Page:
I was recently supposed to have been facilitating a session on vaginal bleeding as part of ACCS teaching so here is my attempt at a little bit of online education. Not my favourite subject on either a personal or professional level and don’t expect me to start speaking like a gynaecologist.
A little Covid humour to start:
Here goes. Everything an EM doctor needs to know on the glamorous topic of PV bleeding.
Keep it simple, stupid:
Question 1:Is the woman bleeding so heavily that they are showing signs of haemodynamic compromise? (Are they pale, ashen, sweaty? Peripherally shut down with a tachycardia? Hypotensive?). This is generally not a good sign and might make you feel a bit sweaty too. Take a deep breath, ask for some help and get the patient moved into resus.
Take another deep breath and start reciting the alphabet: A and B – pop some oxygen on, C – if you have always wanted to insert a MASSIVE cannula then now is your chance. Two would be even better. Be kind if time allows and use a little local anaesthetic. Take some bloods and send some for an urgent cross-match. If the patient is really unwell then consider activating the massive transfusion protocol and starting a balanced transfusion (PRBC, FFP, platelets).
Tranexamic acid is rarely a bad thing when people are bleeding a lot from any cause so think about it early.
If you are a bit handy with the ultrasound or can find someone who is then it is worth scanning the abdomen for free fluid (has the patient ruptured an ectopic?).
A gynaecologist is going to want to know about this patient sooner rather than later so get on the phone early.
The most likely cause of shock due to vaginal bleeding is a ruptured ectopic pregnancy in a pre-menopausal woman and fibroids in a post-menopausal woman.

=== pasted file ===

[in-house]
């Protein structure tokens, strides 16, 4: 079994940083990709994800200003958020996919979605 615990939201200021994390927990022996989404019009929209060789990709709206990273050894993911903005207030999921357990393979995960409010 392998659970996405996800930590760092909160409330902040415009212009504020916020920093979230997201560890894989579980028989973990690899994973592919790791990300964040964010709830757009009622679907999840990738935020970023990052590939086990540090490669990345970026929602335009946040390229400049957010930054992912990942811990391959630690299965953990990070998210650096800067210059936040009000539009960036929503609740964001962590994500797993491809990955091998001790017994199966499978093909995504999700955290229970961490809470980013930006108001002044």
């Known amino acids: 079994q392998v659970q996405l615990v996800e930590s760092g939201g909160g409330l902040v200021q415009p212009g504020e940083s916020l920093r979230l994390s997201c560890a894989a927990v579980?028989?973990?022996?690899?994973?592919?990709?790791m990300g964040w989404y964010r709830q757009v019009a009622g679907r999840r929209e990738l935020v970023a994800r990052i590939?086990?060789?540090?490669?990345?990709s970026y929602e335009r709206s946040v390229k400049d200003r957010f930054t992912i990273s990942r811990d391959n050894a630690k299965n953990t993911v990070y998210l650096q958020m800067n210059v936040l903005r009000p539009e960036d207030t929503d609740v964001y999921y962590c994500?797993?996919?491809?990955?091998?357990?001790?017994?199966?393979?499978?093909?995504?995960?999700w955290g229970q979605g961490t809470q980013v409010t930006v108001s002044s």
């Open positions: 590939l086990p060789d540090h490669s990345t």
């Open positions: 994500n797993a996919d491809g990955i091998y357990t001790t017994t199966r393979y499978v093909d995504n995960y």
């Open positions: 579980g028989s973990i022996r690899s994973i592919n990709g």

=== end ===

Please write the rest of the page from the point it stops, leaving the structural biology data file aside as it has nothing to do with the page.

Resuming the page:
Learning Bite: If the woman presents with signs of shock but with a BRADYCARDIA then you need to think about CERVICAL SHOCK. The patient will feel faint, sick and generally awful with hypotension and bradycardia. In the ED this is usually due to a miscarriage. It occurs when the products of conception pass through the cervix and cause a profound vagal response.
The only treatment is to remove the products. This is a relatively simple procedure. The cervix is visualised with a speculum and the products are gently removed with sponge forceps (see below). It is very gratifying thing to do as the woman will literally improve before your eyes. One of our own registrars did this recently with good effect. It is important to think about it as a possibility and as always ask for help.
Question 2: Is the woman pregnant?
In Emergency medicine the dogma is that we should suspect pregnancy in any woman between the ages of 10 and 50. In reality most women know or recognise the possibility that they might be pregnant so do ask the question first. Establish when their last period was. Ask about symptoms of early pregnancy (e.g. breast tenderness, tiredness, urinary frequency). Try and get a urine sample as quickly as possible.